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Block did his undergraduate training at Howard, received his Ph.D. from Ohio State, and specializes in the areas of racial, ethnic, and gender group politics, voting behavior, and public opinion. Overarching themes in Block's writings include group differences in civic involvement, the formation and mutability of social identity, campaigns and elections, and other topics. Block has published dozens of book chapters, manuscripts, and peer-reviewed journal articles and is co-author of Losing Power: Americans and Racial Polarization in Tennessee Politics, a forthcoming book in the University of Georgia Press. Block serves as co-chair of the public opinion and political participation section of the National Conference of Black Political Scientists, as an analyst for both the African American Research Collaborative and Latino Decisions, and as a faculty coach for the National Center for Faculty Development & Diversity.
In the News
Analyzes the recent and rapid change in the Volunteer State from Democratic control of state politics to Republican control and the consequences of that shift for African American politicians and citizens. Examines the polarization in values, preferences, and voting behaviors between blacks and whites, contending that this racial divide is both one of the causes and one of the consequences of black Tennesseans' recent loss of political power.
Explores the conditional relationship between two of the strongest and most reliable measures of turnout, interest in politics and civic duty, on the voting patterns of African Americans. Discovers that campaign enthusiasm and civic duty have differential effects on voting—effects that change over time and from one generation of African Americans to the next.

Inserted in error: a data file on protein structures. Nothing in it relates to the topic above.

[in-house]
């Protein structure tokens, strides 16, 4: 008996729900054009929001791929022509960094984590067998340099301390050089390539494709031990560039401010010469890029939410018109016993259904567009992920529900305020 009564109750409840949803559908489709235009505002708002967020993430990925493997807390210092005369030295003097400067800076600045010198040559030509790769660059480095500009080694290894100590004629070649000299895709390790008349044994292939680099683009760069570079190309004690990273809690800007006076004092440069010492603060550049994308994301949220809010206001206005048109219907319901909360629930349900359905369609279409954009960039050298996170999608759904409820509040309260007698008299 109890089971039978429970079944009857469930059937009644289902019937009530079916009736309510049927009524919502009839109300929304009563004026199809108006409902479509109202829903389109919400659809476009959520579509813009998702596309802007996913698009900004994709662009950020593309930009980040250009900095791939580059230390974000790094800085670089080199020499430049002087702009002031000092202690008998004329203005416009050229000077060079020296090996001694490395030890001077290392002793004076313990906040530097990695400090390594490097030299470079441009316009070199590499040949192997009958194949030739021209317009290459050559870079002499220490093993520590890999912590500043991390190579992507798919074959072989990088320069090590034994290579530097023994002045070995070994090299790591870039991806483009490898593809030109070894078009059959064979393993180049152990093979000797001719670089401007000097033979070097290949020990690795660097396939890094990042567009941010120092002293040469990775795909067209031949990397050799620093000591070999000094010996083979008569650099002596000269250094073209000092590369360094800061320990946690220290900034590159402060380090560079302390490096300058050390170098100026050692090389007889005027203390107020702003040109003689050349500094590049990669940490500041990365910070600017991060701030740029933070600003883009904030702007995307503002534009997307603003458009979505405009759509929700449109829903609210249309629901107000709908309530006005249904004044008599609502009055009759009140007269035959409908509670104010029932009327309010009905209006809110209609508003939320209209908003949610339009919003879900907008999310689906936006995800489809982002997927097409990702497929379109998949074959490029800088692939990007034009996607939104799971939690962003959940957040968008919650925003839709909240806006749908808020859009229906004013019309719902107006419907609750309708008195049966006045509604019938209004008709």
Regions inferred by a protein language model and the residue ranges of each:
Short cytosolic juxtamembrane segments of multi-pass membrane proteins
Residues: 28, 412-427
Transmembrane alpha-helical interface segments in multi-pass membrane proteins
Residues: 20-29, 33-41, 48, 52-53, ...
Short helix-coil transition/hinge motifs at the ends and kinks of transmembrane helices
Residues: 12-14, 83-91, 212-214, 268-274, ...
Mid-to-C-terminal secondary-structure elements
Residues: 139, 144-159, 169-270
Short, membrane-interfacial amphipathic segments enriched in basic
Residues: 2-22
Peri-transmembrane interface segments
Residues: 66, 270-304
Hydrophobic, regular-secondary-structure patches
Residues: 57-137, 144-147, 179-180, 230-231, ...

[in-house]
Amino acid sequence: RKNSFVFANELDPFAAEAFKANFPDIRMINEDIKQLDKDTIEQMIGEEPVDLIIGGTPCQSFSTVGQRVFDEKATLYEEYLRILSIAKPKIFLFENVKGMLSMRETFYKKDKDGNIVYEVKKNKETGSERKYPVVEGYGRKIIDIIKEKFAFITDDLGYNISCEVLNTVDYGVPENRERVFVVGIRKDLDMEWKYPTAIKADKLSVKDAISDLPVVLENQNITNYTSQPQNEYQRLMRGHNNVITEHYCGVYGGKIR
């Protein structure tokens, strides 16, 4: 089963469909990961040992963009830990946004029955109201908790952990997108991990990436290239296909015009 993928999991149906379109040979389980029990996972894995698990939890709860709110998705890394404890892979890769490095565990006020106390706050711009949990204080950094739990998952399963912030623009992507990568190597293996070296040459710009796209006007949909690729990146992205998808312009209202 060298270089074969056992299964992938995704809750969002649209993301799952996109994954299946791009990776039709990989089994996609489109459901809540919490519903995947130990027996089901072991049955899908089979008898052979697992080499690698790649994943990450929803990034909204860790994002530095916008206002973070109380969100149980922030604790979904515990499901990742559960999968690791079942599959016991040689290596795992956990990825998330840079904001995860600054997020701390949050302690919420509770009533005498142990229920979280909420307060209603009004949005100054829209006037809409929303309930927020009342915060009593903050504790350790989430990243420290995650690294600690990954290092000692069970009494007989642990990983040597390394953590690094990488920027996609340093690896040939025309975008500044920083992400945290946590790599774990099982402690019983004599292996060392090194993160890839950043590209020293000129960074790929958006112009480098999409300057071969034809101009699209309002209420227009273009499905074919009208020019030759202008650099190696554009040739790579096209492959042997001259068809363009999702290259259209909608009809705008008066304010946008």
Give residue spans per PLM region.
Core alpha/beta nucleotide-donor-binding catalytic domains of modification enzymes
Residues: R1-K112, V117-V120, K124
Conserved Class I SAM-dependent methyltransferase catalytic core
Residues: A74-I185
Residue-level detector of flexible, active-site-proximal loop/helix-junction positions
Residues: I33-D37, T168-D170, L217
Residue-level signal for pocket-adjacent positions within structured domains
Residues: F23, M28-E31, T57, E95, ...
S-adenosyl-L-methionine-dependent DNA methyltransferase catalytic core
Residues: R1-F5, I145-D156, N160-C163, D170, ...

Extends the “Barack Obama effect” literature to Michelle Obama--particularly, the idea that her political prominence can influence how voters perceive Black women in America. Finds that Michelle Obama’s status as a role model not only transmits the effect of her media prominence to voters’ racial attitudes, but also that the strength of role model status as a "mediating variable" differs according to race (and, to a lesser degree, gender).
Examines the degree to which Oprah’s perceived ability to “transcend race” changed markedly after she endorsed the then-Illinois-Senator Barack Obama. Discovers that the magnitude of Oprah Winfrey’s favorability and her “endorsement effect” varies by race and gender.
Explores the relationship between Black youths’ ability to critique the negative messages in rap music and the degree to which these African Americans are politically active. Discovers that heavy consumers of the music (i.e., the "rap connoisseurs") are best able to translate their critiques into political activism, which suggest that "rap wokeness" can be a political mobilizer.